28 November 2010

Bullet Points of the Dead: The Walking Dead Episode 3

The new zombie series The Walking Dead is on in the UK every Friday night. I'm (hoping I'll be) posting up three bullet-pointed observations about each episode. Here's the first post and here's the second. These posts are deliberately "chatty" and written with the intention of being read as quick observations, notes essentially. Info/synopsis here.

Episode #3: Tell It to the Frogs

  • This was the weakest episode yet. I say this as if the series has been showing for weeks; it's only the third episode. But the early plunge into tedium is off putting (I'm pretty sure this will be temporary). I found myself easily distracted during much of its hour-long run-time. Whether this could be chalked up to a general lull in the narrative, a dip in ideas or a calm before the storm scenario is open to question, but there was plenty of dead air surrounding the walking dead this episode.

  • Michael Rooker's racist redneck character is already too much of a stock type to be either truly convincing or anywhere near interesting... as yet. (Admittedly he hasn't had much time to flesh the role out, but it's essentially like a harder, more concentrated version of the nutjob he played in The Trigger Effect.) He's trapped on a rooftop with zombies about to breach the door between them and him. We know he survives - it's all but spelled out in the left-dangling images at th end of his scenes. Also, his rant - the wailing pity cry for help he performs whilst struggling to free himself from handcuffs - felt like he was trying too hard. Well, either that or the writers were. His expounding of his lot in life came across as pointless and illogical - a bad, mightily fudged set-up for future events. (I'm holding out for something far more surprising from Rooker - the writing is keeping largely him hidden for now, maybe they have a bigger purpose in store for him.) Norman Reedus showing up late, as Rooker's probably equally racist brother, is good news - I haven't seen him in anything since John Carpenter's Masters of Horror episode Cigarette Burns - but he'll clearly need to ease into the role on early evidence.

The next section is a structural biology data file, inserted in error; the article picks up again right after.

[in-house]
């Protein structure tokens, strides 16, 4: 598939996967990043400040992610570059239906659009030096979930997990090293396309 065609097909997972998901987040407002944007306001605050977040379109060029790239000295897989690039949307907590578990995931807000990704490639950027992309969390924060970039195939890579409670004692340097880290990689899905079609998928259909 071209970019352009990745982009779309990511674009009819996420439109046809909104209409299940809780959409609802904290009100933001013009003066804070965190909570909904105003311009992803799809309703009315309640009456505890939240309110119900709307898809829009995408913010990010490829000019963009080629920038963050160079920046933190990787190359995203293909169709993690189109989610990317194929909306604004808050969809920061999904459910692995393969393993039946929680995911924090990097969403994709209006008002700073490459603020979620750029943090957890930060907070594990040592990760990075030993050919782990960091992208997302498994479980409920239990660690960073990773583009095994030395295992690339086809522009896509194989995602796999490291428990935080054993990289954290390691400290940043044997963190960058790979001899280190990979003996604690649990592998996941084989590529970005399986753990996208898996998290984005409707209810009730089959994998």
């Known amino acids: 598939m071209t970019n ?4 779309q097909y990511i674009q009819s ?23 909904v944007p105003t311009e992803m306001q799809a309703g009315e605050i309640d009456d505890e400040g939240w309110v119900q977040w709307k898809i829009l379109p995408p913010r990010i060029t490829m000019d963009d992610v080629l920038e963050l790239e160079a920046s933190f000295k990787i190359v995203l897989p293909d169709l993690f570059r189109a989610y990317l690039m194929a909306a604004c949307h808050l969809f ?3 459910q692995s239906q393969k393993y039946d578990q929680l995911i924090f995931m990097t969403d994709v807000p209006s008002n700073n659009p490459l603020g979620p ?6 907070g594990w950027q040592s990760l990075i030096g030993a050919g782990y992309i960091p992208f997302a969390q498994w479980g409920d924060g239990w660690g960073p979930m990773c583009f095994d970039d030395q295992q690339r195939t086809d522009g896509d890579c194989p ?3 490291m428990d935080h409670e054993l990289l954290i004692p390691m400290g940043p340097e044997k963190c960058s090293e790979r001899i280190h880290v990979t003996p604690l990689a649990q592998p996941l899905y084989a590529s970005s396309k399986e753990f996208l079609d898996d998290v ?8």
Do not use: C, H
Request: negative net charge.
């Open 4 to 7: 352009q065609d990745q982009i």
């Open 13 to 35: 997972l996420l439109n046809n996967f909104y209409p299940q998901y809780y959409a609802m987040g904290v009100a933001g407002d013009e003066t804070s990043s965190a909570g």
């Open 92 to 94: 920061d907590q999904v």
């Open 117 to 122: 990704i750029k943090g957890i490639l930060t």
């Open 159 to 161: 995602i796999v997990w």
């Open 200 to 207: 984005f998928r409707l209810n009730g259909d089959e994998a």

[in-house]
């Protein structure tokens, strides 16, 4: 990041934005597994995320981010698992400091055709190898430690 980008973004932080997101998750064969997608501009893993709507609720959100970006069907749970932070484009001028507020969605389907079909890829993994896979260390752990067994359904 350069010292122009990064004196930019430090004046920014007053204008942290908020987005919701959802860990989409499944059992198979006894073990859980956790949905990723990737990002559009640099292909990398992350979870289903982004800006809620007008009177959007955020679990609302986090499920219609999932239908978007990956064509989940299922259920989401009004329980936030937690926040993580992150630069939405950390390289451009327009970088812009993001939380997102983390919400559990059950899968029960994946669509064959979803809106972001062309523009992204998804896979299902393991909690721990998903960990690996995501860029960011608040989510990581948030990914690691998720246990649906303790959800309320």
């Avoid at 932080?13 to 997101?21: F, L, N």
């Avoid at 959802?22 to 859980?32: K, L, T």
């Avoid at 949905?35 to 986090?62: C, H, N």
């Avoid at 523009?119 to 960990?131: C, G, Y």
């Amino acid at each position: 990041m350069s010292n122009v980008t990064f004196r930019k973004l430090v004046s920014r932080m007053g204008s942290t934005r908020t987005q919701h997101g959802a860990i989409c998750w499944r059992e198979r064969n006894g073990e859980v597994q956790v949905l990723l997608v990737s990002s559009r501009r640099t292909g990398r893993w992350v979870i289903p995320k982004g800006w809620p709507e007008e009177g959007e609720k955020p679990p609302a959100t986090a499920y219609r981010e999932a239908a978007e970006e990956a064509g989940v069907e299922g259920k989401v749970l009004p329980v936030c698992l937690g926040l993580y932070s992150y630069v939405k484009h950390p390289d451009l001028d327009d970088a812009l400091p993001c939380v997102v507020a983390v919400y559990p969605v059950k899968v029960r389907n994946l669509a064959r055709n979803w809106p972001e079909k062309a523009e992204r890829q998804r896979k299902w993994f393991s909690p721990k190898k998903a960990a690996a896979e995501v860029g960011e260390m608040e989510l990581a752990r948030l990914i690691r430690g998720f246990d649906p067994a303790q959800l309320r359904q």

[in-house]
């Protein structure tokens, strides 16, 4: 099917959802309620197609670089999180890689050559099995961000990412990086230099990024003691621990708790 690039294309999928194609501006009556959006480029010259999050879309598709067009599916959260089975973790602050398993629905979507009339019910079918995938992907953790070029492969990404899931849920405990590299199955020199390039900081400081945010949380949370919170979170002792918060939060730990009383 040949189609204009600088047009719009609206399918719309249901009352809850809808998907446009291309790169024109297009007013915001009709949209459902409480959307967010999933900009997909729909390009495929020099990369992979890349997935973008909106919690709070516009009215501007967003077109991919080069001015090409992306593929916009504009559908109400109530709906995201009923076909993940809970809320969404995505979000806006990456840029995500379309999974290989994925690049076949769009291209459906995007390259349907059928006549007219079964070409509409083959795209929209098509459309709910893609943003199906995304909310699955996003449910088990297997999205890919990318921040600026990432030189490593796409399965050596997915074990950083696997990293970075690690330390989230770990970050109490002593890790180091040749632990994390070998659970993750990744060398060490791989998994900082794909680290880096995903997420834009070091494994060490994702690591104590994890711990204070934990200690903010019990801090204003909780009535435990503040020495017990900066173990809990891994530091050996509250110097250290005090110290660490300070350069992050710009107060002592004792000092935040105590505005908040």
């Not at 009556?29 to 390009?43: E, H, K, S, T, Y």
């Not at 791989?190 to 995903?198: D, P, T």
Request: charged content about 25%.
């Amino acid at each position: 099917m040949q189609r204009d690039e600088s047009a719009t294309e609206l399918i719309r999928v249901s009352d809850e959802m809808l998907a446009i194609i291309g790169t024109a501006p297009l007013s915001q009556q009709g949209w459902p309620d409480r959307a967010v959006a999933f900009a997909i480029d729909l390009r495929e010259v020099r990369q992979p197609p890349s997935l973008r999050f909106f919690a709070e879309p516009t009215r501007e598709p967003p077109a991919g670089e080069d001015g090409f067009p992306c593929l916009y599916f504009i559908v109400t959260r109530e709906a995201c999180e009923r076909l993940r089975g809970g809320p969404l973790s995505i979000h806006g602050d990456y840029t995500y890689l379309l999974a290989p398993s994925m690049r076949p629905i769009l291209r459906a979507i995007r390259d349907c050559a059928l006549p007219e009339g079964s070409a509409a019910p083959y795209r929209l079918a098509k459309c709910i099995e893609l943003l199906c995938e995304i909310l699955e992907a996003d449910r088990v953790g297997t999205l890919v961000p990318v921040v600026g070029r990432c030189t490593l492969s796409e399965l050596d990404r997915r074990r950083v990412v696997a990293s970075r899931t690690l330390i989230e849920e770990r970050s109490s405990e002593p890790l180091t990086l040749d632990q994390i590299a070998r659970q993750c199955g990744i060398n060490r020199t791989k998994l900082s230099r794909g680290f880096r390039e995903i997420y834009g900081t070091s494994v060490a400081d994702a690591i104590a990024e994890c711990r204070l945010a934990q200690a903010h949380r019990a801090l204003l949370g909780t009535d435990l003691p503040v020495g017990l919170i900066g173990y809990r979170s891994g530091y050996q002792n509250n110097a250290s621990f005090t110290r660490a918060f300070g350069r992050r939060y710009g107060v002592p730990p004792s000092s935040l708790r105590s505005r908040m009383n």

• This episode was also the least visually interesting. The settlement scenes (attempts at an end-of-the-world community banding together) are on the whole uninspired, but something - I'm not sure quite what - is telling me that there's more occurring here. More in the offing, that we're not being given yet. It's interesting, but frustrating. There has to be a reason for so much dead time. At least I do hope so. On a side note: The females are rather, er, lightly drawn thus far (and that's putting it nicely). And the dialogue trails off often, occasionally going nowhere. I was left with one overriding feeling at the close of this episode: something's gotta give.

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